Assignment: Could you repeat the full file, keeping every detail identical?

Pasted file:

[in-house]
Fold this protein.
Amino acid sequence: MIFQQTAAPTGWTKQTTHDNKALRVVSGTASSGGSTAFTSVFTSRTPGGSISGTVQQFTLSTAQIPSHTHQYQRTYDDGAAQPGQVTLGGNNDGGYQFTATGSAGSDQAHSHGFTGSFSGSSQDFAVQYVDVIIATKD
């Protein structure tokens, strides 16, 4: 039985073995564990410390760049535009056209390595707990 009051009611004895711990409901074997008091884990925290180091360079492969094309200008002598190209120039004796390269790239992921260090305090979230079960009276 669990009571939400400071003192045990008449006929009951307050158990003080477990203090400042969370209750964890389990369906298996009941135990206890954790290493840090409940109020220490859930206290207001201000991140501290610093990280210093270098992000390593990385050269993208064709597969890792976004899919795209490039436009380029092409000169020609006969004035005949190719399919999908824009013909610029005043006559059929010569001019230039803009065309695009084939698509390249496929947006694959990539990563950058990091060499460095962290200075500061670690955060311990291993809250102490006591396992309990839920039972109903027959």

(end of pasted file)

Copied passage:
[in-house]
Fold this protein.
Amino acid sequence: MIFQQTAAPTGWTKQTTHDNKALRVVSGTASSGGSTAFTSVFTSRTPGGSISGTVQQFTLSTAQIPSHTHQYQRTYDDGAAQPGQVTLGGNNDGGYQFTATGSAGSDQAHSHGFTGSFSGSSQDFAVQYVDVIIATKD
């Protein structure tokens, strides 16, 4: 039985073995564990410390760049535009056209390595707990 009051009611004895711990409901074997008091884990925290180091360079492969094309200008002598190209120039004796390269790239992921260090305090979230079960009276 669990009571939400400071003192045990008449006929009951307050158990003080477990203090400042969370209750964890389990369906298996009941135990206890954790290493840090409940109020220490859930206290207001201000991140501290610093990280210093270098992000390593990385050269993208064709597969890792976004899919795209490039436009380029092409000169020609006969004035005949190719399919999908824009013909610029005043006559059929010569001019230039803009065309695009084939698509390249496929947006694959990539990563950058990091060499460095962290200075500061670690955060311990291993809250102490006591396992309990839920039972109903027959």